Cover Up, Get Creative With Chicken
Almost everywhere you dine these days, cell phone camera flashes are part of the landscape. Self-described “foodies” capture the contents of their dinner plates at rapid speed, then anxiously post it to their Instagram page. I’ll admit, I’m sometimes guilty of photographing my food, but take it one step further and capture the menu. The description of a dish called Covered Up Chicken was my latest shot, leading to a new favorite and insight into the Wonderful World of Chicken.
But first, a little about the dish that started it all. I’ve made no secret of my dislike of pale, unadorned chicken. Before I ruffle the feathers of the state poultry association, let me reassure them - I highly recommend and, in fact, love cooking with chicken; however, seeing or touching it before it’s cooked to a golden brown is not my favorite part of the process. Naturally, I was intrigued by a dish called Covered-Up Chicken.
After ordering the dish, I learned it received its name by a “covering” of flour, spices, and a thin slice of mozzarella. As luck would have it, I was able to coax the chef into sharing his recipe, which I revised a little to suit my tastes.
I learned he’d first named his dish “Undercover Chicken,” but later tweaked the name. The humorous name caused me to search for other chicken recipes with offbeat names. To my surprise, I discovered more than 100 recipes vastly different from their basic fried or barbecued cousins.
Take, for instance, Butter Chicken, devised at an Indian restaurant in the 1950's. Just like it sounds, this rich dish is created by mixing chicken strips in a tomato-like gravy swimming with loads of butter and cream.
Back in our country, we have Chicken Vesuvio. A specialty of Chicago, it’s an Italian-American dish made from chicken and wedges of potato, celery, and carrots sautéed with garlic, oregano, white wine, and olive oil, then baked until the chicken's skin becomes crispy and golden.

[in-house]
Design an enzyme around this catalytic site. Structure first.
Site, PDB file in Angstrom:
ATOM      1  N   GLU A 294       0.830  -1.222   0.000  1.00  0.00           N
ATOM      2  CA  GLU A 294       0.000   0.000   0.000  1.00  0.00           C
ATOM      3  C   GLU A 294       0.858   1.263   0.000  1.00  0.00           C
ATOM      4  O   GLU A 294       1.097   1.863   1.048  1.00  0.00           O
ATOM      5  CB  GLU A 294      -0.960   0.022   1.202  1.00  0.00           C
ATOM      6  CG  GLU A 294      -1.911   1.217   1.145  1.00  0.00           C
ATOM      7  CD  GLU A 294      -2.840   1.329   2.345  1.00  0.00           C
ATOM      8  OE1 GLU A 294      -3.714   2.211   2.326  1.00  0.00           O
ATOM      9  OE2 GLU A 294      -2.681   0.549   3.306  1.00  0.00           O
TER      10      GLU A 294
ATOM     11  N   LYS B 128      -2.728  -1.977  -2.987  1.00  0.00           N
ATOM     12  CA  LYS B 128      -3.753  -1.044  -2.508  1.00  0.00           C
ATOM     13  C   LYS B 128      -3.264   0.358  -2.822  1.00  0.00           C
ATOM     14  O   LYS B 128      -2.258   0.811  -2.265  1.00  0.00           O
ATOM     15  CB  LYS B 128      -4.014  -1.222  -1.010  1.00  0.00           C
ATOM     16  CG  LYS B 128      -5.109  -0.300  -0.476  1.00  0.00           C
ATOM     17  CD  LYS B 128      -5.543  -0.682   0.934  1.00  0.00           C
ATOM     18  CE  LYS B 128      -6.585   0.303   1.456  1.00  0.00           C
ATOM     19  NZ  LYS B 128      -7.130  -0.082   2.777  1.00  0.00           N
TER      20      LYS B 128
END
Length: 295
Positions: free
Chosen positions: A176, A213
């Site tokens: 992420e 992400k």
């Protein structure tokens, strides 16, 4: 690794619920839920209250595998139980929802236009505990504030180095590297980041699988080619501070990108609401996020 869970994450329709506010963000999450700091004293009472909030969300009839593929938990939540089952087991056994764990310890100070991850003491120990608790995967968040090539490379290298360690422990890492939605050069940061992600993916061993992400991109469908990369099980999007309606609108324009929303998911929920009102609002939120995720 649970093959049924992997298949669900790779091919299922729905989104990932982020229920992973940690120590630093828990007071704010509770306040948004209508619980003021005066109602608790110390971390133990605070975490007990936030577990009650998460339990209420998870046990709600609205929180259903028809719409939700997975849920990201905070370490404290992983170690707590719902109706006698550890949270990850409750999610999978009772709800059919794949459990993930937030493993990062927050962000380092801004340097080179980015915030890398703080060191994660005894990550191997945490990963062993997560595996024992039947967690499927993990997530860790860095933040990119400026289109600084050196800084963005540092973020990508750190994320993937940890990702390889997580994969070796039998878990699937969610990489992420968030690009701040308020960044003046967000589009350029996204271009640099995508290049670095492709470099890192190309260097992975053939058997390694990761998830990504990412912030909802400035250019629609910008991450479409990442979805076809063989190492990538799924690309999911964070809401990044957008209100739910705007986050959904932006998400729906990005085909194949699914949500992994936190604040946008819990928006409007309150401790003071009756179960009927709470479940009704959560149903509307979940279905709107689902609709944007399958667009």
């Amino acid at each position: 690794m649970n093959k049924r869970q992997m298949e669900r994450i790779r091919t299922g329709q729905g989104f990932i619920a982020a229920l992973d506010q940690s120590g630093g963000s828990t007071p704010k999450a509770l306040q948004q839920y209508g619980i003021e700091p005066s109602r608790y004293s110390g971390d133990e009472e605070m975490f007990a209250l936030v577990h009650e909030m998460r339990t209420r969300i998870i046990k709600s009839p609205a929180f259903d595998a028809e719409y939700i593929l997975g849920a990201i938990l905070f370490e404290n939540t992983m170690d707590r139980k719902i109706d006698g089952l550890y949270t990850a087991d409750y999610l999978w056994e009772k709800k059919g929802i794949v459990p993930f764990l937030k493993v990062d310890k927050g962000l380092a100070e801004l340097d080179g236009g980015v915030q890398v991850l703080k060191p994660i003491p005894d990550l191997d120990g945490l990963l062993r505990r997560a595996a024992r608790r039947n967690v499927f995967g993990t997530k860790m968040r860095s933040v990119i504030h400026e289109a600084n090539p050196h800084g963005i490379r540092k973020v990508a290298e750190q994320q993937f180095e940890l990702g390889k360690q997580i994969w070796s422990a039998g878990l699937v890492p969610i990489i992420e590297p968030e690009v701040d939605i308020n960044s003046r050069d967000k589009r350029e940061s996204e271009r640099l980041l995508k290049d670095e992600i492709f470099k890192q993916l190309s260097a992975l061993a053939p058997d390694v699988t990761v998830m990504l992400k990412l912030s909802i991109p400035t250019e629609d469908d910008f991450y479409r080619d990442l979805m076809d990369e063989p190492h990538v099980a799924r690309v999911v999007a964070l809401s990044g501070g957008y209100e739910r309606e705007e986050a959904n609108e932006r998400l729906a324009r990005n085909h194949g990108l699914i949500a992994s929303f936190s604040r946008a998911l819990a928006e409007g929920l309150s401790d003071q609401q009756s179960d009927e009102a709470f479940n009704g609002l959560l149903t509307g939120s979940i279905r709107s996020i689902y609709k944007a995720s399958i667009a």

Who wouldn’t love an Hawaiian haystack, better known as a Chicken Sundae? To make it, top sautéed rice with chopped chicken, chicken gravy, diced pineapple, diced tomatoes, Chinese noodles, cheese, and celery. Traditionally, each topping is prepared in its own dish and presented buffet-style, then piled sundae-style on top of the rice.
Less unique, but still one of my favorite ways to enjoy the ubiquitous bird is Orange Chicken. To make this tangy, crunchy dish, I coat chopped, battered, and fried chicken pieces in a sweet orange-flavored chili sauce and allow it to caramelize into a glaze. Served over a bed of fried rice and vegetables, it’s a tangy dish that satisfies my craving for something different.
Before automatically roasting, grilling, or frying, consider taking chicken to the next level. Transform it into a dish with a funny or at least, more exotic name. According to the Mississippi Poultry Association – and me – you won’t leave the dinner table hungry.
Covered Up Chicken
2 pounds chicken breasts, about 8 slices
2 bell peppers, thinly sliced
2 medium yellow onions, thinly sliced
2 tablespoons all-purpose flour
1/2 teaspoon onion salt
1/2 teaspoon onion powder
1 teaspoon paprika
1/4 teaspoon cayenne pepper,
Salt and ground black pepper, to taste
1 tablespoon extra-virgin olive oil
2 cups chicken stock or broth, warmed, more if desired for sauce
8 slices of Mozzarella or favorite cheese
Preheat oven to 350 degrees F. Combine flour, onion salt, onion powder, paprika, and cayenne pepper in a shallow baking dish. Season with salt and black pepper and stir to combine.
Heat olive oil in a large oven-proof skillet over medium-high heat. Pat the chicken dry and place in the flour-spice mixture, turning to coast lightly on both sides. Shake off excess.
Add coated chicken to the hot olive oil and sear until brown, 1 to 2 minutes per side. Remove to a plate.
Add chopped peppers and onions to the oil remaining in the skillet and reduce heat to medium. Season with salt and black pepper. Cook, stirring occasionally, until vegetables are limp, 5 to 7 minutes.
Pour the remaining flour mixture from the baking dish into the skillet and stir to combine. Stir in the warmed chicken stock and increase heat to medium high. Bring to a boil. Reduce heat until the mixture simmers. Add the chicken and stir to combine with vegetables. Top each chicken breast with a slice of cheese, then transfer the skillet to the oven and cook about 30 minutes or until the temperature reads 165 degrees F when measured with an instant-read thermometer. Add additional warmed chicken stock or broth if desired to create more liquid for serving with a side dish.
Taste, add salt and black pepper as needed. Serve over rice, orzo, or favorite pasta.